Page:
---------- Recipe via Meal-Master (tm) v8.02
  Categories: Meats, Mexican
       Yield: 6 servings
       3 lb Boneless pork
     1/2    Onion; sliced
       2    Cl Garlic; peeled
       1 tb Salt
       6 tb Lard or the fat from the bro
     1/2 md Onion; finely chopped
       3    Cl Garlic; peeled and choppe
       8    Peppercorns
       5    Cloves
     1/2    Stick cinnamon
       3 tb Raisins
       2 tb Almonds; blanched & slivered
       2 tb Acitron or candied fruit; ch
       2 ts Salt
   1 1/4 lb Tomatoes; peeled and seeded
            ___tomato broth___
   1 1/4 lb Tomatoes; peeled and seeded
     1/4 md Onion; roughly chopped
       2    Cl Garlic; peeled and choppe
     1/4 c  Lard or reserved fat from th
       4    Cloves
       6    Peppercorns
       2 sm Bay leaves
   2 1/2    Cinnamon
     1/4 ts Dried thyme
       3 c  Reserved pork broth
            Salt; to taste
            ___the chiles___
       6    Chiles poblanos; or bell pep
            ___the batter___
            Peanut oil - at least 3/4 d
       4    Eggs; separated
     1/4 ts Salt
   Recipe by: The Cuisines of Mexico by Diana Kennedy ISBN 0-06-012344-3
   This dish consists of large chiles or bell peppers stuffed with meat or
   cheese, coated with a light batter, and fried. They are served in a light
   tomato broth.
   There is alays an exclamation of pleasure and surprise when a cazuela of
   golden, puffy chiles rellenos sitting in their tomato broth is presented
   at the table. If you have eaten those sad, flabby little things that
   usually turn up in so-called Mexican restaurants in the United States as
   authentic chiles rellenos, you have a great surprise in store. Here is yet
   another prime example of the fine feeling the Mexicans have for texture in
   their food: you bite through the slightly crisp, rich chile poblano to
   experience the crunch of the almonds and little bits of crystallized
   fruits in the pork filling. Then there is the savory broth to cut the
   richness of the batter.
   Chiles poblanos are imported in great quantities to large centers of
   Mexican population here in the States but very few find their way to the
   East. (Maybe this was true in 1972 when this book was published, but these
   days they are readily available here in Cambridge. To me, bell peppers are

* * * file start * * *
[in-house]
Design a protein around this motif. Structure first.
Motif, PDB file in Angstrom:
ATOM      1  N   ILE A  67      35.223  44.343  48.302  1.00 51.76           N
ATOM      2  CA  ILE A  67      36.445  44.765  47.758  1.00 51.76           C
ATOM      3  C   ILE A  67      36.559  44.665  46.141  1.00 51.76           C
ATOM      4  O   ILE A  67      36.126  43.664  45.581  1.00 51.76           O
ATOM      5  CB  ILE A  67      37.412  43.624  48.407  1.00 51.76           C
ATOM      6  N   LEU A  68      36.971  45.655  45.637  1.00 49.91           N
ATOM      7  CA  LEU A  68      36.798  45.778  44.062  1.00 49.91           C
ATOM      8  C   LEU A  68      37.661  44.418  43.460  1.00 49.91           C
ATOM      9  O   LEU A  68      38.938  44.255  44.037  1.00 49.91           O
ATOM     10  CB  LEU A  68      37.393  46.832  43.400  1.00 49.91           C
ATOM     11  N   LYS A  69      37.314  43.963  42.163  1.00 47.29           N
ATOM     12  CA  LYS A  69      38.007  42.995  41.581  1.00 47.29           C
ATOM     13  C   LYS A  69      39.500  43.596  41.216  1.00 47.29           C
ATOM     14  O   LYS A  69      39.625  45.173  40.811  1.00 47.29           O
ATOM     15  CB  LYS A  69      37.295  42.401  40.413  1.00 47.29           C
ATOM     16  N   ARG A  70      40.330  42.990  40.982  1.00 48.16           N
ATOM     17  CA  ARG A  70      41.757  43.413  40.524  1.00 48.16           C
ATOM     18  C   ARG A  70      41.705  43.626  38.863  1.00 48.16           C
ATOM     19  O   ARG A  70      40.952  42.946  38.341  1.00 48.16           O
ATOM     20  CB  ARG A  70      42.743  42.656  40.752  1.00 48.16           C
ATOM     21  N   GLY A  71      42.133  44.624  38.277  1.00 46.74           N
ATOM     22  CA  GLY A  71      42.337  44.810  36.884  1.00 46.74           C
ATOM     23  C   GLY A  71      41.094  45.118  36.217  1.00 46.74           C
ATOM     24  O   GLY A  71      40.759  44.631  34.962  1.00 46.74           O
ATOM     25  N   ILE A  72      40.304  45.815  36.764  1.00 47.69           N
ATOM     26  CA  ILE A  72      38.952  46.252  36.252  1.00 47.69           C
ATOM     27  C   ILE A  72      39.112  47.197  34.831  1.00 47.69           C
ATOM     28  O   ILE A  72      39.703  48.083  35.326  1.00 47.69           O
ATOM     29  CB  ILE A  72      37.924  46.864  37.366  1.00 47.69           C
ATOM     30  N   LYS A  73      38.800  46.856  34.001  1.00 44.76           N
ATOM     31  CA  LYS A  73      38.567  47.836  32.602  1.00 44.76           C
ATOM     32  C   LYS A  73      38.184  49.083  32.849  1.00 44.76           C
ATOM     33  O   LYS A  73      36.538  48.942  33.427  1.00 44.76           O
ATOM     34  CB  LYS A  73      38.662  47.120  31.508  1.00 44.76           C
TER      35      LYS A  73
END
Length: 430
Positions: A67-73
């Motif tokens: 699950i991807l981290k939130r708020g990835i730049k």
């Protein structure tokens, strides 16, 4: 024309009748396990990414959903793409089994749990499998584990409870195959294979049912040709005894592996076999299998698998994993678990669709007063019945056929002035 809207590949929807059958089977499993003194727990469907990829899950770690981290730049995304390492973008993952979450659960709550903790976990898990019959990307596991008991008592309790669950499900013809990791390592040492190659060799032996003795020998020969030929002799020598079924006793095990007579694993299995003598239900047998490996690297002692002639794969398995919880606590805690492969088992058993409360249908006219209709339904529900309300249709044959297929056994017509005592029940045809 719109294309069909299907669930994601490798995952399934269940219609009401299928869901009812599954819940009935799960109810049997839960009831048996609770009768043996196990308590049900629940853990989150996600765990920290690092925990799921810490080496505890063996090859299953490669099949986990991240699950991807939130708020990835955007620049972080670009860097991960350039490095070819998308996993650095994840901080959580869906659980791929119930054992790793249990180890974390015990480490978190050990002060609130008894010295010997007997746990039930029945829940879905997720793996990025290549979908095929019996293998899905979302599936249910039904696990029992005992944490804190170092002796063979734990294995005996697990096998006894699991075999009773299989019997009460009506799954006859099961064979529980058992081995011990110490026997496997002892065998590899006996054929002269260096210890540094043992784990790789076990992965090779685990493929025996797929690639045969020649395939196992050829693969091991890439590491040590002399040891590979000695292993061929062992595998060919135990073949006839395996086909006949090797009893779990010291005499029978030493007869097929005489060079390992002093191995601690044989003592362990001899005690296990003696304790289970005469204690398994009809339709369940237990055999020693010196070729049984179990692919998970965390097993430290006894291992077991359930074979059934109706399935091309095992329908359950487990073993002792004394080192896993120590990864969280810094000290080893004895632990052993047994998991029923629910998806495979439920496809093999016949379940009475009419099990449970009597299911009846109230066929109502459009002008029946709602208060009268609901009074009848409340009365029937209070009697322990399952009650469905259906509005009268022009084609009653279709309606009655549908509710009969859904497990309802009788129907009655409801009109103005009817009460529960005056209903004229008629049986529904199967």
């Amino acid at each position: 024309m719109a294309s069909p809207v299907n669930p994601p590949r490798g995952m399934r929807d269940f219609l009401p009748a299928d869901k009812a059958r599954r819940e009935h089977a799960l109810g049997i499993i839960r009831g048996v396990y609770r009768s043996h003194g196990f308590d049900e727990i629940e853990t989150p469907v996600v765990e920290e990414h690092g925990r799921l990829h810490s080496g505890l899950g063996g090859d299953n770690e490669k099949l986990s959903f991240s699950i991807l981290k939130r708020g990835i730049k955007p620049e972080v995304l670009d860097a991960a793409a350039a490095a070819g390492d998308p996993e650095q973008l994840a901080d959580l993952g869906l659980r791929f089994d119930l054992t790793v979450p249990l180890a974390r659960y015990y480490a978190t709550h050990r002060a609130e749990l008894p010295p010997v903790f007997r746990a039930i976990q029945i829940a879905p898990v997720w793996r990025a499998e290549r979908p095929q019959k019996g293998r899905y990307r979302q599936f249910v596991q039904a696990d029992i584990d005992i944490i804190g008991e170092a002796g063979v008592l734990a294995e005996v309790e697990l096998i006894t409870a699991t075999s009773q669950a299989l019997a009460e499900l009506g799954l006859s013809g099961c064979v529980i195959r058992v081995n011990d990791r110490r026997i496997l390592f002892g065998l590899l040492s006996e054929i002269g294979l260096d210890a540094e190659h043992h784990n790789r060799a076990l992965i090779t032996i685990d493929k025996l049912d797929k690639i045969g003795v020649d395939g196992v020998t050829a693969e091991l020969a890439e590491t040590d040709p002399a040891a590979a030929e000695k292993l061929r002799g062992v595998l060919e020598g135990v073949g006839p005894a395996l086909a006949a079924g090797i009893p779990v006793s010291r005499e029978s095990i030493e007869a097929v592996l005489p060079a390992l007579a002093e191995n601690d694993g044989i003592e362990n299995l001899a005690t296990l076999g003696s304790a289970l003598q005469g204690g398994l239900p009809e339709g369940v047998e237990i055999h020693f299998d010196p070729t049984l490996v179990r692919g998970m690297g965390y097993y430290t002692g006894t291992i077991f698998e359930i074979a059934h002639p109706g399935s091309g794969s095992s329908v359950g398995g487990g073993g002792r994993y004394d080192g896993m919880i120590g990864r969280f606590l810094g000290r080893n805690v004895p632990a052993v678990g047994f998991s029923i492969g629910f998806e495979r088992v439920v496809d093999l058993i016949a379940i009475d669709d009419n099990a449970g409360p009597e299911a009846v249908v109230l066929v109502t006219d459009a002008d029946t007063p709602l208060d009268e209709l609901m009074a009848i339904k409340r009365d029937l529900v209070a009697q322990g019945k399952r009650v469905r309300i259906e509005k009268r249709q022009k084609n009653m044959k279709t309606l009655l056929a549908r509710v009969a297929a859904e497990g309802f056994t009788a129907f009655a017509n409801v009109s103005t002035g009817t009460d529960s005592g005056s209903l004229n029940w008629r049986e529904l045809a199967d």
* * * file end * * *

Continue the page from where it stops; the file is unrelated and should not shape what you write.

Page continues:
no substitute.) I am afraid the bell pepper is about the only suitable
   substitute for appearance and size--you can always spike them with a
   little chile serrano.
   Assembling the chiles may seem like a long laborious task, but it is no
   more complicated and time consuming than most worthwhile dishes, and this
   dish is certainly worthwhile.
   Prepare the picadillo:
   Cut the meat into large cubes. Put them into the pan with the onion,
   garlic, and salt and cover with cold water. Bring the meat to a boil,
   lower the flame and let it simmer until just tender--about 40 to 45
   minutes. Do not overcook. Leave the meat to cool off in the broth.
   Strain the meat, reserving the broth, then shred or chop it finely and set
   it aside. Let the broth get completely cold and skim off the fat. Reserve
   the fat.
   Melt the lard and cook the onion and garlic, without browning, until they
   are soft.
   Add the meat and let it ook until it begins to brown.
   Crush the spices roughly and add them, with the rest of the ingredients to
   the meat mixture. Cook the mixture a few moments longer.
   Mash the tomatoes a little and add them to the mixture in the pan.
   Continue cooking the mixture over a high flame for about 10 minutes,
   stirring it from time to time so that it does not stick. It should be
   almost dry.
   Prepare the tomato broth:
   Blend the tomatoes, with the juice extracted from their seeds, with the
   onion and garlic until smooth.
   Melt the lard and fry the tomato puree over a high flame for about 3
   minutes, stirring to prevent sticking. Add the rest of the ingredients and
   cook them over a high flame for about 5 minutes, stirring.
   Add the pork broth and continue cooking the broth over a medium flame for
   about 15 minutes. By that time it will be well seasoned and reduced
   somewhat--but still a broth rather than a thick sauce. Add salt as